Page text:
The Wall Street Journal makes a useful contribution to the analysis by focusing on tragically-little-known facts about how hatred operates in our part of the world, and beyond it.
In Egypt, seven Coptic Christians were murdered yesterday by a Muslim gunman as they filed out of a midnight mass in the southern town of Nag Hamadi. In Pakistan, more than 100 Christian homes were ransacked by a Muslim mob last July in the village of Bahmaniwala. In Iraq that same month, seven Christian churches were bombed in Baghdad and Mosul in the space of three days.
Such atrocitiesand there are scores of other examplesare grim reminders that when it comes to persecution, few groups have suffered as grievously as Christians in Muslim lands. Fewer still have suffered with such little attention paid. Now a new report from the non-profit ministry, Open Doors USA, shines a light on the scale of oppression.
In its annual World Watch List, Open Doors ranks eight Muslim countries among the 10 worst persecutors of Christians. The other two, North Korea (which tops the list) and Laos, are communist states. Of the 50 countries on the list, 35 are majority Muslim.
Take Iran, which this year ranks as the world's second-worst persecutor of Christians. Open Doors reports that in 2009 the Islamic Republic arrested 85 Christians, many of whom were also mistreated in prison. In 2008, some 50 Christians were arrested and one Christian couple was beaten to death by security officials. At least part of the reason for the mistreatment appears to be the result of Muslim conversions to Christianity: Apostasy carries a mandatory death sentence in Iran.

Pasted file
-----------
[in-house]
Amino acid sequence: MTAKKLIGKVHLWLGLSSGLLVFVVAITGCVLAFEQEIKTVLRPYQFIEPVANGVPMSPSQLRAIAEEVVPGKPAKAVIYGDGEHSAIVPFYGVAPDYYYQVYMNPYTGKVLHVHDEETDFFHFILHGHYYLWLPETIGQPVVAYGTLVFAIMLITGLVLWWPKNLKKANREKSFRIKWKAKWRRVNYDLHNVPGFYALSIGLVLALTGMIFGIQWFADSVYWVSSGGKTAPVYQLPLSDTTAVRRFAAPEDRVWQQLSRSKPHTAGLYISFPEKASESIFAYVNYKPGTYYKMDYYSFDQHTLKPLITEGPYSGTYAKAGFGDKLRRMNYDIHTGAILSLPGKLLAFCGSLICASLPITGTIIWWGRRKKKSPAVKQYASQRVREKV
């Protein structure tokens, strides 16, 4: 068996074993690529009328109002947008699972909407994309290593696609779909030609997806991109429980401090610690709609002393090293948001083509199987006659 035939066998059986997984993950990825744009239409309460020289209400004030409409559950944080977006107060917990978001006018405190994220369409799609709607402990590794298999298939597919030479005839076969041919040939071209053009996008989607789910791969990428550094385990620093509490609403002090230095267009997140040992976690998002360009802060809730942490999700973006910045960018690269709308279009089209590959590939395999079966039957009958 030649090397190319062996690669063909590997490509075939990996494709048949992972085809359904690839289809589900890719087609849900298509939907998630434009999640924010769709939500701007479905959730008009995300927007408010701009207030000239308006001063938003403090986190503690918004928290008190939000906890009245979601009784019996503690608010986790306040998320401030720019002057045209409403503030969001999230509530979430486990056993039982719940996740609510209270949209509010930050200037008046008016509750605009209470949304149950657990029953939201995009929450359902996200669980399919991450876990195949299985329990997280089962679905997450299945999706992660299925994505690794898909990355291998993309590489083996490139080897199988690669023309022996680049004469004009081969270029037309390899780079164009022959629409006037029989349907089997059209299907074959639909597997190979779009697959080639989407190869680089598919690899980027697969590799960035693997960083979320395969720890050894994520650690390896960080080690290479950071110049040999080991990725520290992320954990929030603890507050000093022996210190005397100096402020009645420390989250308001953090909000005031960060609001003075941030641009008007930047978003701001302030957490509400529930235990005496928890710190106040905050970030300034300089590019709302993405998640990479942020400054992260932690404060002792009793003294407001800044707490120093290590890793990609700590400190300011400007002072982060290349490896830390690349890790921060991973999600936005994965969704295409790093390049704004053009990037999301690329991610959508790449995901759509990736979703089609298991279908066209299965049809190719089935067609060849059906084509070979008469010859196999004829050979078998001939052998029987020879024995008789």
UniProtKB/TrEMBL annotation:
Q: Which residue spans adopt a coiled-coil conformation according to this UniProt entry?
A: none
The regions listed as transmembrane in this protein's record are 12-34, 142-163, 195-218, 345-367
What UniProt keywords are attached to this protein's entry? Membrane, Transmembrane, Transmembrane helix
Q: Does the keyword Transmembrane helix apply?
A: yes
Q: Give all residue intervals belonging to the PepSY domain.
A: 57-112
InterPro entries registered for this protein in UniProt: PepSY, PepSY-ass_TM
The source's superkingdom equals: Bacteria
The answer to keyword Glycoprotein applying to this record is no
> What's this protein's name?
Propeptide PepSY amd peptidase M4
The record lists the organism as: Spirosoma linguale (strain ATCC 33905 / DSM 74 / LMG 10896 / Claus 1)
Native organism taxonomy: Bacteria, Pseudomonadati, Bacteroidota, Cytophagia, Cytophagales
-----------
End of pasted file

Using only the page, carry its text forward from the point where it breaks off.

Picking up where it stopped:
In Saudi Arabia (No. 3), all non-Muslim public worship is forbidden. The state forbids the building of any type of non-Muslim house of worship, and Christian expatriates in the kingdom must practice their faith in private. The same goes in the Maldives, where the report notes that all citizens must be Muslim; "the handful of indigenous Christians are forced to believe in complete secrecy." Similarly in Mauritania, conversion to Christianity or any other religions is formally punishable by death.
Little wonder, then, that once-thriving Christian communities in the Muslim world have now largely voted with their feet by fleeing to safer havens, often in Europe or the United States. That's true even in religiously important communities such as Bethlehem, where the Christian majority has largely fled since the arrival in the 1990s of Yasser Arafat's repressive government and the ascendancy of Islamist groups such as Hamas. By contrast, Christians practice their religion freely and openly in Israel, just a few miles distant.
It might seem natural that at least some attention would be paid in the West to the plight of these Christians. Instead, attention seems endlessly focused on "Islamophobia," not least at the U.N.'s misnamed Human Rights Council. In November, much of Europe went berserk over the Swiss referendum to ban the construction of minarets (though not of mosques). But the West's tolerance for its large Muslim populations stands in sharp contrast to the Muslim world's bigotry and persecution of its own religious minorities. That's a fact that ought to be borne in mind the next time Westerners berate themselves about their own supposed "intolerance."